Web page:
The summer after my freshman year of college, I volunteered at a camp in Minnesota where I was assigned to work on the zip line for the month. Officially, this meant hanging out on top of the 30-something-foot platform and making sure kids were strapped into their harnesses and connected to the cable correctly.
Unofficially, I was a cheerleader and an encourager for the many kids who started to doubt whether or not they actually wanted to step off that ledge.
I loved the assignment. I had the best view of the lake, got to work on my tan, and had the chance to get to know all the campers.
There was only one problem: I was pretty freaked out by the height.
Yeah, sure, I’d ridden the zip line multiple times as a camper but never without stepping off that ledge, holding my breath, waiting to see if the cables, carabiners and pulleys would do their jobs and keep me safe.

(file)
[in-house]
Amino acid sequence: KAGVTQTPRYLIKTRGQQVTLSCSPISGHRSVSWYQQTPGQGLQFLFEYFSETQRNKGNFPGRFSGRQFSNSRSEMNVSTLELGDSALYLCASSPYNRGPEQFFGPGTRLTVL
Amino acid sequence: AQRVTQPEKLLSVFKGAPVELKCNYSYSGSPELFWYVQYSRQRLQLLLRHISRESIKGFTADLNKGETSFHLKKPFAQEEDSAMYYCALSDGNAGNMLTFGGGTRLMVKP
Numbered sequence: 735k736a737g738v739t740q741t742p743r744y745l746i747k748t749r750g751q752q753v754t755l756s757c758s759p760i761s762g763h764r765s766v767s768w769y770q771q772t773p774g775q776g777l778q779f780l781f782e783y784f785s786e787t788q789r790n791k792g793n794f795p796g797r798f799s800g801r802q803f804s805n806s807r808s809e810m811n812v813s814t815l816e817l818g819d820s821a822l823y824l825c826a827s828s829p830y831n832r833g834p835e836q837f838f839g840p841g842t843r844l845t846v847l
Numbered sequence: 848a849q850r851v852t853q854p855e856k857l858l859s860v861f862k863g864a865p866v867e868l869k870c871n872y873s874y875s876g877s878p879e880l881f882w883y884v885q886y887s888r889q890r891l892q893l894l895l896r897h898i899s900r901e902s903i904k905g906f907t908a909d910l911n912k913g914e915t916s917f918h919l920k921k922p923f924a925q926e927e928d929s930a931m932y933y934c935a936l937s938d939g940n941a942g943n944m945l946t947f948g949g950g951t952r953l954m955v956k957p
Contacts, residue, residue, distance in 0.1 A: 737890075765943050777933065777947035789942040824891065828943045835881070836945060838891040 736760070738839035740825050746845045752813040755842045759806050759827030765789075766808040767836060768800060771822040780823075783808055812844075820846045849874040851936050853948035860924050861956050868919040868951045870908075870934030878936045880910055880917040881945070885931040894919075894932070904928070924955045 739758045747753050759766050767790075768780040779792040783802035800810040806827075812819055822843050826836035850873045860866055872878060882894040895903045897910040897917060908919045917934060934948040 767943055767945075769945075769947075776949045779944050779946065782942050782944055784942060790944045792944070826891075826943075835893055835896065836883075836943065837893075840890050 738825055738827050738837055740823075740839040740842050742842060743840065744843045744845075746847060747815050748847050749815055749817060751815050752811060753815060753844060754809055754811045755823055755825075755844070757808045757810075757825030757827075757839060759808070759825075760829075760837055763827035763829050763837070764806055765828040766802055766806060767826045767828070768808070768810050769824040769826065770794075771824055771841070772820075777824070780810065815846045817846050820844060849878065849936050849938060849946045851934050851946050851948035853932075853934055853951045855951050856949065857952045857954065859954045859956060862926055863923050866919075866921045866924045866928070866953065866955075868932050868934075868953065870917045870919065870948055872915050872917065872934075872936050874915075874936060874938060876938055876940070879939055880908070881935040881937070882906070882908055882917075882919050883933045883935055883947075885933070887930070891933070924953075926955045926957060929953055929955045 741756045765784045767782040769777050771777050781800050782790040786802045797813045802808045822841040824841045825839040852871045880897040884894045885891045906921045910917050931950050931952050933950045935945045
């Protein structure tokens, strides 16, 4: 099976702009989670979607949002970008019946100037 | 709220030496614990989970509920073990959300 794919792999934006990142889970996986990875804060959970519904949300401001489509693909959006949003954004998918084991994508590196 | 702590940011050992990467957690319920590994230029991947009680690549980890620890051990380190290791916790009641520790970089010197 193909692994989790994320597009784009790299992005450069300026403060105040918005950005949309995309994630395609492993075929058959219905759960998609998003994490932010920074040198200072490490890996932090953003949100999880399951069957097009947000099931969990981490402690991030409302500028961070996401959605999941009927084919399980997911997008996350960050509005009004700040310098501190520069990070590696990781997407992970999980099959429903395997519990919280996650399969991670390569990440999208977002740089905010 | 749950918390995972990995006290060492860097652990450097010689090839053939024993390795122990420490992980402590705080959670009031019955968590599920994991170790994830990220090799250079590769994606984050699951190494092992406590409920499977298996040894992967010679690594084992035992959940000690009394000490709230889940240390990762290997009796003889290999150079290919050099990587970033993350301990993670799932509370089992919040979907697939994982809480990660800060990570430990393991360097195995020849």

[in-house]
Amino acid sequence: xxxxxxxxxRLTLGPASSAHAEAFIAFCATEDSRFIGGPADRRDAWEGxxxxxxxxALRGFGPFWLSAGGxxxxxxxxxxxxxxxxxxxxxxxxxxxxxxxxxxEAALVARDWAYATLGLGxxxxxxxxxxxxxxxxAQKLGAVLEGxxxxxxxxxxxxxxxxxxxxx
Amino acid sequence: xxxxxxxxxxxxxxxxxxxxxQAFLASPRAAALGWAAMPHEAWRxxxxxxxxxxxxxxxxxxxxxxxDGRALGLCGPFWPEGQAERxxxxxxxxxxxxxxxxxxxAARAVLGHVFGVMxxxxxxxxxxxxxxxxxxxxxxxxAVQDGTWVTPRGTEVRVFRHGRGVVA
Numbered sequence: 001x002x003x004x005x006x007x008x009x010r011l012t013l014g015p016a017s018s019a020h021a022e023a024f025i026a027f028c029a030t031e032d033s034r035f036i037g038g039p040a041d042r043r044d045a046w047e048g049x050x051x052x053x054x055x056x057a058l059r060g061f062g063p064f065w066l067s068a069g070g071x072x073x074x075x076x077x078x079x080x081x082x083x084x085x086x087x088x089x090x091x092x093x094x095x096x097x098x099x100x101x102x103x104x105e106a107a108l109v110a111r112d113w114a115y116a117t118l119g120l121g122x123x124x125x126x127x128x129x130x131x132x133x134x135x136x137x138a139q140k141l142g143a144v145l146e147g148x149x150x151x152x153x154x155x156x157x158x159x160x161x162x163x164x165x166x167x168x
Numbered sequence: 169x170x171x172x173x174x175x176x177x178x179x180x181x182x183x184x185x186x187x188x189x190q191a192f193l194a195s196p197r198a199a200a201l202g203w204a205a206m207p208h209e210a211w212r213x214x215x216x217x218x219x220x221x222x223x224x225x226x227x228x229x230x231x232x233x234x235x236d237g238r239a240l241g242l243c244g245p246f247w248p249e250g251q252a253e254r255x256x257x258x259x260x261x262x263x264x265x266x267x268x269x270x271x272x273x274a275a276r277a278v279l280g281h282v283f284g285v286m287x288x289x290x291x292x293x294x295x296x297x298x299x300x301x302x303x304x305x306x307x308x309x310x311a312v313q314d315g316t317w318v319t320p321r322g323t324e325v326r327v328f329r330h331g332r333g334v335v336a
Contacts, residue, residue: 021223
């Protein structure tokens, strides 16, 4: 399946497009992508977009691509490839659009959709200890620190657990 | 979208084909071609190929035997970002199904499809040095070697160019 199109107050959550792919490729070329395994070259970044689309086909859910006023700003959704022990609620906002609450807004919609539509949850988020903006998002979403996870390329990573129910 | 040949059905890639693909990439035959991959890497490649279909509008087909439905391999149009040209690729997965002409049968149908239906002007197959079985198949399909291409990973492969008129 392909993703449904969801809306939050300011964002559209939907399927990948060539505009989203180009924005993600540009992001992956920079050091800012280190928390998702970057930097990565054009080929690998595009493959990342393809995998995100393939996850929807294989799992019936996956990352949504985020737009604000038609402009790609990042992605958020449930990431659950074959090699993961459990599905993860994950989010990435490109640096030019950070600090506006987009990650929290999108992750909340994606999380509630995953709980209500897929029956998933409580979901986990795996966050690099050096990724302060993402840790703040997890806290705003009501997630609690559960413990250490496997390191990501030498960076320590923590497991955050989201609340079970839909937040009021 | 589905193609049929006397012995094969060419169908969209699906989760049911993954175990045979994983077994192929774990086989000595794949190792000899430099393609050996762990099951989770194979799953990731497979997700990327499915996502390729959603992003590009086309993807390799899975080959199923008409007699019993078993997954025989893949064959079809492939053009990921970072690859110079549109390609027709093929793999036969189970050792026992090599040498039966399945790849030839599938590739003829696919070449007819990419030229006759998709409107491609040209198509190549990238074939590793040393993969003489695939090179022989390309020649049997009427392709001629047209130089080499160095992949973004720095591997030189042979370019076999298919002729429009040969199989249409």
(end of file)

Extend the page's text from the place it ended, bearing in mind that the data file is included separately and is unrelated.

Now here I was having to stand on that platform edge for hours and reassure teenager after teenager that they would be fine; that the cables, carabiners and pulleys would all do their jobs and keep them safe.
Helping those kids to take that leap of faith, hearing them shriek with fear and joy taught me something about fear: while real in the moment, there is almost always something incredible waiting for us when we finally jump — wind in your hair, limbs flailing in joy, taking in all the surroundings as you breathe a sigh of relief. In that moment, all fear is pushed out of your body. You’re filled with confidence and pride as you relish in what you have accomplished.
And that’s my wish for you. That whatever your fear, you wouldn’t let it hold you back any more. That instead, you’d take a deep breath, let out a giant scream and just jump.